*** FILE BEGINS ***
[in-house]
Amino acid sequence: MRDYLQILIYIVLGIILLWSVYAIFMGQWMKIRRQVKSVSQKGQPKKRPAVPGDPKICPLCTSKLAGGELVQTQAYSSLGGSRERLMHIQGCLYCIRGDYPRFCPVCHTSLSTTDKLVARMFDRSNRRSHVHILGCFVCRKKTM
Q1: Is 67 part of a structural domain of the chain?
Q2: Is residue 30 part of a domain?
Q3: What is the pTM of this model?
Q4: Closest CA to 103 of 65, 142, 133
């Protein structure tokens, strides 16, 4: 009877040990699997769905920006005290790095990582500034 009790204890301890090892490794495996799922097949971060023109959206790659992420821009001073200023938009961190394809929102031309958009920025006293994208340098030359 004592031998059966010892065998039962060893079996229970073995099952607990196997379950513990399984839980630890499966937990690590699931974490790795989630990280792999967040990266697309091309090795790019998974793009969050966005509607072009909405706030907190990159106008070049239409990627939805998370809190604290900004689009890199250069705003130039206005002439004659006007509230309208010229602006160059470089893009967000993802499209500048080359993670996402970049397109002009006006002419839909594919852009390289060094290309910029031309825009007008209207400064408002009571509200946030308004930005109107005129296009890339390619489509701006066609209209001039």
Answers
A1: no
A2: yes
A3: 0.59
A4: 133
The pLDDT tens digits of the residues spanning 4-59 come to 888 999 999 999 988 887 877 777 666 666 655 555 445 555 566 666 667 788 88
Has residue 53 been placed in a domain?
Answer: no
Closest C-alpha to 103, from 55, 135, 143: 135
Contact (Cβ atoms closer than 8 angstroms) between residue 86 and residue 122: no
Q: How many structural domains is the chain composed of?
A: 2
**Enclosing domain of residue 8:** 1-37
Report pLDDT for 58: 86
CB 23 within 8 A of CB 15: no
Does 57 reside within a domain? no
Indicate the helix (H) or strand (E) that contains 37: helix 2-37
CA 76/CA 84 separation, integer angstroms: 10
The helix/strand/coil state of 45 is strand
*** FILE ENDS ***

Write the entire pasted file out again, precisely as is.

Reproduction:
[in-house]
Amino acid sequence: MRDYLQILIYIVLGIILLWSVYAIFMGQWMKIRRQVKSVSQKGQPKKRPAVPGDPKICPLCTSKLAGGELVQTQAYSSLGGSRERLMHIQGCLYCIRGDYPRFCPVCHTSLSTTDKLVARMFDRSNRRSHVHILGCFVCRKKTM
Q1: Is 67 part of a structural domain of the chain?
Q2: Is residue 30 part of a domain?
Q3: What is the pTM of this model?
Q4: Closest CA to 103 of 65, 142, 133
């Protein structure tokens, strides 16, 4: 009877040990699997769905920006005290790095990582500034 009790204890301890090892490794495996799922097949971060023109959206790659992420821009001073200023938009961190394809929102031309958009920025006293994208340098030359 004592031998059966010892065998039962060893079996229970073995099952607990196997379950513990399984839980630890499966937990690590699931974490790795989630990280792999967040990266697309091309090795790019998974793009969050966005509607072009909405706030907190990159106008070049239409990627939805998370809190604290900004689009890199250069705003130039206005002439004659006007509230309208010229602006160059470089893009967000993802499209500048080359993670996402970049397109002009006006002419839909594919852009390289060094290309910029031309825009007008209207400064408002009571509200946030308004930005109107005129296009890339390619489509701006066609209209001039």
Answers
A1: no
A2: yes
A3: 0.59
A4: 133
The pLDDT tens digits of the residues spanning 4-59 come to 888 999 999 999 988 887 877 777 666 666 655 555 445 555 566 666 667 788 88
Has residue 53 been placed in a domain?
Answer: no
Closest C-alpha to 103, from 55, 135, 143: 135
Contact (Cβ atoms closer than 8 angstroms) between residue 86 and residue 122: no
Q: How many structural domains is the chain composed of?
A: 2
**Enclosing domain of residue 8:** 1-37
Report pLDDT for 58: 86
CB 23 within 8 A of CB 15: no
Does 57 reside within a domain? no
Indicate the helix (H) or strand (E) that contains 37: helix 2-37
CA 76/CA 84 separation, integer angstroms: 10
The helix/strand/coil state of 45 is strand